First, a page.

Supporting Academic Integrity in your teaching
UNSW has an ongoing commitment to fostering a culture of learning informed by academic integrity, a principle that all UNSW staff and students have a responsibility to adhere to. Plagiarism undermines academic integrity and is not tolerated at UNSW.
The UNSW Student Code provides a framework for the standard of conduct expected from UNSW students with respect to academic integrity and behaviour. Where a student breaches the Student Code with respect to academic integrity the University may take disciplinary action under the Student Misconduct Procedure.
If you are concerned about academic integrity and plagiarism in your classroom:
- Speak to the student(s) involved
- Consult your school ethic’s officer for advice
- Read the UNSW guidelines on Managing Plagiarism for Students Enrolled in Coursework Programs - Procedure.
How can The Learning Centre assist?
- The Learning Centre can assist by collaborating with you to embed in your curriculum our Moodle module Working with Academic Integrity (see below).
- You can link your courses to our online resources on Academic Skills.
- If you think students could benefit from developing their academic skills, you can refer them to an individual consultation or a workshop (or both).
'Working with Academic Integrity' Moodle Module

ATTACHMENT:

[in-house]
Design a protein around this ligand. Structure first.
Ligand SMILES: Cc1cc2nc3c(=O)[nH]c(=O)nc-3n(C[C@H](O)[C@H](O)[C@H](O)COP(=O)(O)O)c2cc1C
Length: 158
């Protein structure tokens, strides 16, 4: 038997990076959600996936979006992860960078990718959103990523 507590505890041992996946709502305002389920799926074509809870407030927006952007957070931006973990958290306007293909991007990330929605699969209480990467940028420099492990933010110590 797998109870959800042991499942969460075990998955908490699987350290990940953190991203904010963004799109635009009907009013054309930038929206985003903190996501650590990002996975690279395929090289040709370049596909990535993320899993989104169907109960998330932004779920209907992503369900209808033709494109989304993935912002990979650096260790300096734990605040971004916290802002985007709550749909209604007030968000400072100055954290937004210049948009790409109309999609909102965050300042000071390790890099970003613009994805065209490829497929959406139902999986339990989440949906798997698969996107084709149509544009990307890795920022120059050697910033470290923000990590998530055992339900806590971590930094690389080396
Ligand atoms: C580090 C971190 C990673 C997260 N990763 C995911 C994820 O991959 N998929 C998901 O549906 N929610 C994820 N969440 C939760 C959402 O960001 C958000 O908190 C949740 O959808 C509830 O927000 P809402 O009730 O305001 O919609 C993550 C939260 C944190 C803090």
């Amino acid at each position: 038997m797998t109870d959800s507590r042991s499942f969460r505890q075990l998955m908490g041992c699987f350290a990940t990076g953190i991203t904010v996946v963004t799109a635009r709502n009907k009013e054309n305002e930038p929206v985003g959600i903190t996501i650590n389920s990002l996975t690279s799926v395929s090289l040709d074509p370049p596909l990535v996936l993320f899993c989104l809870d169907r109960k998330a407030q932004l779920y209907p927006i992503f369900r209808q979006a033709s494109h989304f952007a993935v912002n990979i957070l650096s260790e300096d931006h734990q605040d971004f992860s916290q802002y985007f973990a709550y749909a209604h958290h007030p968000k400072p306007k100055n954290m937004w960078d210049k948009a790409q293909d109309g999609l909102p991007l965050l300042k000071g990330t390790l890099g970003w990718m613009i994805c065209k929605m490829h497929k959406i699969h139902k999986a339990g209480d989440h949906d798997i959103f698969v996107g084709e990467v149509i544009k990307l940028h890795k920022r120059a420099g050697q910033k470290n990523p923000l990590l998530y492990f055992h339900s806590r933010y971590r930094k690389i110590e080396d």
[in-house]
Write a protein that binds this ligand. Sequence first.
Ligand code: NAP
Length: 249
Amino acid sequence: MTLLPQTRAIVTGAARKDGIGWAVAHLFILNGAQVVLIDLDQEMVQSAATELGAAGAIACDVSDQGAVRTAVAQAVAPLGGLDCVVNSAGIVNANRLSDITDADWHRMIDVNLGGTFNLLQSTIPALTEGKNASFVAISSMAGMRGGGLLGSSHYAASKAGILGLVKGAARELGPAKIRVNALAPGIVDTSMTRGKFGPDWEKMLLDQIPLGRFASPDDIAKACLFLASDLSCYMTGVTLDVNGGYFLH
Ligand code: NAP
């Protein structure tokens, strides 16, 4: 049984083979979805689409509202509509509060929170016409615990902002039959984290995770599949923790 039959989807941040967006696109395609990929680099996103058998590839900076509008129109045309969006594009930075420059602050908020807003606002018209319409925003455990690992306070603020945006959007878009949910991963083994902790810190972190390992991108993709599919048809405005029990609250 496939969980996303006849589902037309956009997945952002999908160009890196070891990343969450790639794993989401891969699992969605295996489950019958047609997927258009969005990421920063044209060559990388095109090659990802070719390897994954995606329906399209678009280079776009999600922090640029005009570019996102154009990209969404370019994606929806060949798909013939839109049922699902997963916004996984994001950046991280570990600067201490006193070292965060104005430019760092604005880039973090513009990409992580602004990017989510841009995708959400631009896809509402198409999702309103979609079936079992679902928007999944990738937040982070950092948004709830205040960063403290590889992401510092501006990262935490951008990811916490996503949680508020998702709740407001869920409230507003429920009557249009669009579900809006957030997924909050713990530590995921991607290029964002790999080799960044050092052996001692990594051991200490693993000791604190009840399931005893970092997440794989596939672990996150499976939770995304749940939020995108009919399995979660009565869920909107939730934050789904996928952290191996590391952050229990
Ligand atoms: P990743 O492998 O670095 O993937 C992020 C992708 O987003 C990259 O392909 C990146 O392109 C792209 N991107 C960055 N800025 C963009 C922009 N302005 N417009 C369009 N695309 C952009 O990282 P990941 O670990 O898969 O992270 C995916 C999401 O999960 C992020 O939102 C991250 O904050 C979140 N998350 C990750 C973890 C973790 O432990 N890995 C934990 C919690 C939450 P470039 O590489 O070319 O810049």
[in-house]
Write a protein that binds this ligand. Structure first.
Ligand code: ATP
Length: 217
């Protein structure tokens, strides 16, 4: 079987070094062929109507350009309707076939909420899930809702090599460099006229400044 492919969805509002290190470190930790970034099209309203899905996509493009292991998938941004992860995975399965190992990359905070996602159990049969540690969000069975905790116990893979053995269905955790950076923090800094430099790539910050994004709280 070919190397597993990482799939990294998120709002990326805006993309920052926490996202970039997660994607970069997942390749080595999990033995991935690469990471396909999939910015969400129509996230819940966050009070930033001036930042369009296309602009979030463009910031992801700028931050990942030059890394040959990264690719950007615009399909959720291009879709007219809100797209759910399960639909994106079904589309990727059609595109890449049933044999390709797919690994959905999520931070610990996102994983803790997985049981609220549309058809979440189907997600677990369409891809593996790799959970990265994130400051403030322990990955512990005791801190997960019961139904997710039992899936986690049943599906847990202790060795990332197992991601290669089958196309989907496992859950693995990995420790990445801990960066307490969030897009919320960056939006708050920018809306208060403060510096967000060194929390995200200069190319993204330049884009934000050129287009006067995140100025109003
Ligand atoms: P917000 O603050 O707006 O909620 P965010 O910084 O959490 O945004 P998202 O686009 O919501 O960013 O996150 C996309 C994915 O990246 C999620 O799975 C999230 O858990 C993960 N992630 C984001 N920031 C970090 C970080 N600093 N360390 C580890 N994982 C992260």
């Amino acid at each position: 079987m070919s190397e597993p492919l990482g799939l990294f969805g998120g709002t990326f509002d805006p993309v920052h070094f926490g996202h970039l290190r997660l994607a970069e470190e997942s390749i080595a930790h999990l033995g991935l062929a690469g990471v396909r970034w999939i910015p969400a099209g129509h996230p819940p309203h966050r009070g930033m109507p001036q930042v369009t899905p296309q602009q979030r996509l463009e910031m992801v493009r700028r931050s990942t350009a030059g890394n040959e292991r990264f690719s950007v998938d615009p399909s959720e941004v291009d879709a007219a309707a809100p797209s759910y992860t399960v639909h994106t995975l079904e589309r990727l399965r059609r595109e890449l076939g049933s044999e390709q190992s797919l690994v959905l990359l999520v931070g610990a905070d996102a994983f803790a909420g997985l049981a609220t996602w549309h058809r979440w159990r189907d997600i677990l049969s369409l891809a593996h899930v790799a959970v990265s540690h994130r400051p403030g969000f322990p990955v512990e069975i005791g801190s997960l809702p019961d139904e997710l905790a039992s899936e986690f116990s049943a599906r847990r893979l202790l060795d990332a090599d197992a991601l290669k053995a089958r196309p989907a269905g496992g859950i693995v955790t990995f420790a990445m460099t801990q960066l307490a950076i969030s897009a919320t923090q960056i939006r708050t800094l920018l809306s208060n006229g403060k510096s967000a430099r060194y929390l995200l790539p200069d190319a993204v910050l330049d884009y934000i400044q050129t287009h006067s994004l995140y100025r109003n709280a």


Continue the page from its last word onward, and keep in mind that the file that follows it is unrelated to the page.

Starting the conversation with students about working with academic integrity in your discipline is often hard. It involves terms such as integrity, misconduct, referencing, conventions, plagiarism, academic practices, citations and evidence based learning, all considered basic concepts that successful students in any field of study need to understand. The challenge is that each community of practice has their own norms and expectations.
Our interactive, six lessons self-pace Moodle module, ‘Working with Academic Integrity’, attempts to help you with starting this conversation within a course context. It can be embedded within a course and help ‘prepare’ students for a written assignment or used to ‘repair’ after the first assessment. It has many applications. It’s been used in a flipped classroom Q&A context, as a resource attached to assessments, as a forum topic, as a compulsory activity and the list goes on. It is an adaptable tool that will inform and start the conversation of what is valued in your discipline and signal the importance of good academic practice to your students.
If you would like to have a look at the module:
- The link is http://moodle.telt.unsw.edu.au/course/view.php?id=17924
- The Staff key is Staff437